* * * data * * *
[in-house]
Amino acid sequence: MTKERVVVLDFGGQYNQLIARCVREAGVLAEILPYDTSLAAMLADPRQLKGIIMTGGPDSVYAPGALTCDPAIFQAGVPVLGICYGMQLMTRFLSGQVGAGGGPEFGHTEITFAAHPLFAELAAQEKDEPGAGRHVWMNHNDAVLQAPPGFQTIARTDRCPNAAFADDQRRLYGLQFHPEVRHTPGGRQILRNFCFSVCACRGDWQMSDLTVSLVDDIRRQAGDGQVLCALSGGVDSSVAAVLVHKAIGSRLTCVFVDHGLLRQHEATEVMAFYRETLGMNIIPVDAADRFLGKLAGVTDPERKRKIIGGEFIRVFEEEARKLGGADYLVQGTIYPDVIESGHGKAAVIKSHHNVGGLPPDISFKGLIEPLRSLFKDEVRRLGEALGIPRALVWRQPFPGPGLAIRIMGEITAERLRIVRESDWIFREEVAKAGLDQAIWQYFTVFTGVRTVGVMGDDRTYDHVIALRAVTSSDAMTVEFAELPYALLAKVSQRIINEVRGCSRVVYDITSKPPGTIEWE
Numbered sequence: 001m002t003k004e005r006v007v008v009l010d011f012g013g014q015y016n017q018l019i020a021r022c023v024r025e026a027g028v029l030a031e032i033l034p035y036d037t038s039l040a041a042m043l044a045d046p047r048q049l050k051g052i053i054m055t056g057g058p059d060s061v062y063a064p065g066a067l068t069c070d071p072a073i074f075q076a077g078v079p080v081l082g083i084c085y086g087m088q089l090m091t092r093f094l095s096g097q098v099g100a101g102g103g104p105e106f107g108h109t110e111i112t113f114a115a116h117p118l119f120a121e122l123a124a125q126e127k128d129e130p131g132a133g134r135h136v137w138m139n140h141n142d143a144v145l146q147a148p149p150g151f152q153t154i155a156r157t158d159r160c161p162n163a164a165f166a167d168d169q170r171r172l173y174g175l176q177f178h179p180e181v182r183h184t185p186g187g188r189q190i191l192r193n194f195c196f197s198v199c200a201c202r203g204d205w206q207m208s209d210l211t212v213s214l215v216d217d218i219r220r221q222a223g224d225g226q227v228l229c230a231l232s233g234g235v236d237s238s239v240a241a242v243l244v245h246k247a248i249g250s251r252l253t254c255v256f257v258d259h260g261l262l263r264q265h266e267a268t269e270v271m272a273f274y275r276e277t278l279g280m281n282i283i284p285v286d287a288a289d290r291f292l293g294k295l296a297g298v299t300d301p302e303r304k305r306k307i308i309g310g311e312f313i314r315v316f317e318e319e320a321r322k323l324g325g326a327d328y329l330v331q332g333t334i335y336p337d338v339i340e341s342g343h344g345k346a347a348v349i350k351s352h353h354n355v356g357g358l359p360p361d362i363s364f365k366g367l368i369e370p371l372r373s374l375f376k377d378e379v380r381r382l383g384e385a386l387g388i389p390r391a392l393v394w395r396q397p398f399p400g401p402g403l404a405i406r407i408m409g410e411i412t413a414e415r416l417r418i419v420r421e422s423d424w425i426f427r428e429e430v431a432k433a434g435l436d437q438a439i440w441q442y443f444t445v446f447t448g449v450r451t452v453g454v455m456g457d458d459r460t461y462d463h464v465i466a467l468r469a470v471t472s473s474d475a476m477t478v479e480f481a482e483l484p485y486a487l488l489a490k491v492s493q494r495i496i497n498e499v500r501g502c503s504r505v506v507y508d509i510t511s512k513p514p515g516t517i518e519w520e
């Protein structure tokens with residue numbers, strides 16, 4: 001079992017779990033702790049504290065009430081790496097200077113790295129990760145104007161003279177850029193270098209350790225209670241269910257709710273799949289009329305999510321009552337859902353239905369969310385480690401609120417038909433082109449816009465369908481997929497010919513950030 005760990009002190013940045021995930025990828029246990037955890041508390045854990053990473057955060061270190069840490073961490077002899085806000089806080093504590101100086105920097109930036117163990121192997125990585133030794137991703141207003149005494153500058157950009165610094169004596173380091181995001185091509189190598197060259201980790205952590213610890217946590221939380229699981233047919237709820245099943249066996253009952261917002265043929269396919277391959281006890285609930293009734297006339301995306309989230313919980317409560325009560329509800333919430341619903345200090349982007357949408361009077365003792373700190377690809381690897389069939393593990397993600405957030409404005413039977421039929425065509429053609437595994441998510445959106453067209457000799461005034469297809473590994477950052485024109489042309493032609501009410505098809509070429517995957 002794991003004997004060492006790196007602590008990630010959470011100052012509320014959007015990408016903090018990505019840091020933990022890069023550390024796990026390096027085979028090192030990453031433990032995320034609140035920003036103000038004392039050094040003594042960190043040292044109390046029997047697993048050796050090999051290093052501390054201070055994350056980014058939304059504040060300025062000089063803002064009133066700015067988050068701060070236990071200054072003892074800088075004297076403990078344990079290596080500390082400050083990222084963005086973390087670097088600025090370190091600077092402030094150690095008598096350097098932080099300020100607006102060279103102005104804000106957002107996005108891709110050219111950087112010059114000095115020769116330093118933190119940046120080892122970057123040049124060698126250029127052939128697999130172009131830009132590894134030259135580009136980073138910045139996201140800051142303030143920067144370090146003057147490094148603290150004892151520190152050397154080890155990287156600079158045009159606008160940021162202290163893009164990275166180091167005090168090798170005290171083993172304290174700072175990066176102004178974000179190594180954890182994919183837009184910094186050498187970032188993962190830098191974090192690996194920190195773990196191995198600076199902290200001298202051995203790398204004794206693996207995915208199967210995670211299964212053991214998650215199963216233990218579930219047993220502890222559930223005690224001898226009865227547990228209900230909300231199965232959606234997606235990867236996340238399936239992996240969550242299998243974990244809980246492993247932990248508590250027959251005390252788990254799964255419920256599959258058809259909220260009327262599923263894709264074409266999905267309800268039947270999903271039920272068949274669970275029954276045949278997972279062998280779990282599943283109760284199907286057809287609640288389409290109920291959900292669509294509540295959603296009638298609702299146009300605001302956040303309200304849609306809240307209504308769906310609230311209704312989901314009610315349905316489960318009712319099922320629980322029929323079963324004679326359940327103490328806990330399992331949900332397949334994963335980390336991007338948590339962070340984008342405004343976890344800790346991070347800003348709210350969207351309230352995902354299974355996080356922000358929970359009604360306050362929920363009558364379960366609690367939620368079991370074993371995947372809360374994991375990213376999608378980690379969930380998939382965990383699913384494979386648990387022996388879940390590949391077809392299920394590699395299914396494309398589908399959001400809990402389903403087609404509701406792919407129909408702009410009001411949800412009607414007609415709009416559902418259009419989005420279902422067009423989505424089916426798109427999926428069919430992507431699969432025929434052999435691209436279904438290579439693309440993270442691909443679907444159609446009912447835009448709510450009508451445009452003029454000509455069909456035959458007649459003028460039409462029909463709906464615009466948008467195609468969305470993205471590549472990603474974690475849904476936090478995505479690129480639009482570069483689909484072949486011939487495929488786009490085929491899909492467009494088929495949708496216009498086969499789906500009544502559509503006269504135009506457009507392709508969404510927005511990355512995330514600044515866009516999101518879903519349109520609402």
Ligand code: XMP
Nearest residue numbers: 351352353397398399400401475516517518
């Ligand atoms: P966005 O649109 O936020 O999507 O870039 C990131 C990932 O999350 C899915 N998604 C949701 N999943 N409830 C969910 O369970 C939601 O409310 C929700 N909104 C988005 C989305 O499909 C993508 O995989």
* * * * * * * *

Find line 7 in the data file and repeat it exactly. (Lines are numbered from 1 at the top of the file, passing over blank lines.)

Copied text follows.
């Ligand atoms: P966005 O649109 O936020 O999507 O870039 C990131 C990932 O999350 C899915 N998604 C949701 N999943 N409830 C969910 O369970 C939601 O409310 C929700 N909104 C988005 C989305 O499909 C993508 O995989």